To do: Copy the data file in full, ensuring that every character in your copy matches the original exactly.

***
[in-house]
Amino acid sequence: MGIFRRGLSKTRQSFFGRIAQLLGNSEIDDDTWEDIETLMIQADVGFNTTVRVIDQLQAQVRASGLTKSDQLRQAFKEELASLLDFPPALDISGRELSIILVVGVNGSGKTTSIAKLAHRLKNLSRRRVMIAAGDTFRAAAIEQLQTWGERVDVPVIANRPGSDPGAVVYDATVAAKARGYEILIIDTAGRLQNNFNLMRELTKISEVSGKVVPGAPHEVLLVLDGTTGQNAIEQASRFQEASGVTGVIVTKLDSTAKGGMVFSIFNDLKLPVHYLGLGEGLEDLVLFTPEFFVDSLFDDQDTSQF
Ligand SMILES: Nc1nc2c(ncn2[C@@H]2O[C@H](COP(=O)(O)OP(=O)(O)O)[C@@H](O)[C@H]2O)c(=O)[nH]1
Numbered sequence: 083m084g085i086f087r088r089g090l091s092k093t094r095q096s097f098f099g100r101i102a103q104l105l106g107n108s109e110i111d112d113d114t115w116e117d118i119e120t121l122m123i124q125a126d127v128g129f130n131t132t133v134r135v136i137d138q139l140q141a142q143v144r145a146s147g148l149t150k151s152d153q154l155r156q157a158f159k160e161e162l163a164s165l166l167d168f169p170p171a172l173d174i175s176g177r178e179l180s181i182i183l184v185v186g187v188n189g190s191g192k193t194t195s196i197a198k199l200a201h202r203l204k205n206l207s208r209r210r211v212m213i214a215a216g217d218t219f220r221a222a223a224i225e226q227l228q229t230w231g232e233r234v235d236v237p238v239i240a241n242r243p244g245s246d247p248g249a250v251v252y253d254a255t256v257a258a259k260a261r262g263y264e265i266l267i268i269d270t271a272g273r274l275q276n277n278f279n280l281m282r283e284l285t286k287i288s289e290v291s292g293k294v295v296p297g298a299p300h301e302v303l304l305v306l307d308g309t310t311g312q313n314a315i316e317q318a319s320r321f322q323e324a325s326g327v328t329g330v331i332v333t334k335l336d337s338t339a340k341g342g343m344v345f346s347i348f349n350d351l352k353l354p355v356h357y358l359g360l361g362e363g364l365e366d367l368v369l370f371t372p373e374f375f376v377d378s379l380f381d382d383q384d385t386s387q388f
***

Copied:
[in-house]
Amino acid sequence: MGIFRRGLSKTRQSFFGRIAQLLGNSEIDDDTWEDIETLMIQADVGFNTTVRVIDQLQAQVRASGLTKSDQLRQAFKEELASLLDFPPALDISGRELSIILVVGVNGSGKTTSIAKLAHRLKNLSRRRVMIAAGDTFRAAAIEQLQTWGERVDVPVIANRPGSDPGAVVYDATVAAKARGYEILIIDTAGRLQNNFNLMRELTKISEVSGKVVPGAPHEVLLVLDGTTGQNAIEQASRFQEASGVTGVIVTKLDSTAKGGMVFSIFNDLKLPVHYLGLGEGLEDLVLFTPEFFVDSLFDDQDTSQF
Ligand SMILES: Nc1nc2c(ncn2[C@@H]2O[C@H](COP(=O)(O)OP(=O)(O)O)[C@@H](O)[C@H]2O)c(=O)[nH]1
Numbered sequence: 083m084g085i086f087r088r089g090l091s092k093t094r095q096s097f098f099g100r101i102a103q104l105l106g107n108s109e110i111d112d113d114t115w116e117d118i119e120t121l122m123i124q125a126d127v128g129f130n131t132t133v134r135v136i137d138q139l140q141a142q143v144r145a146s147g148l149t150k151s152d153q154l155r156q157a158f159k160e161e162l163a164s165l166l167d168f169p170p171a172l173d174i175s176g177r178e179l180s181i182i183l184v185v186g187v188n189g190s191g192k193t194t195s196i197a198k199l200a201h202r203l204k205n206l207s208r209r210r211v212m213i214a215a216g217d218t219f220r221a222a223a224i225e226q227l228q229t230w231g232e233r234v235d236v237p238v239i240a241n242r243p244g245s246d247p248g249a250v251v252y253d254a255t256v257a258a259k260a261r262g263y264e265i266l267i268i269d270t271a272g273r274l275q276n277n278f279n280l281m282r283e284l285t286k287i288s289e290v291s292g293k294v295v296p297g298a299p300h301e302v303l304l305v306l307d308g309t310t311g312q313n314a315i316e317q318a319s320r321f322q323e324a325s326g327v328t329g330v331i332v333t334k335l336d337s338t339a340k341g342g343m344v345f346s347i348f349n350d351l352k353l354p355v356h357y358l359g360l361g362e363g364l365e366d367l368v369l370f371t372p373e374f375f376v377d378s379l380f381d382d383q384d385t386s387q388f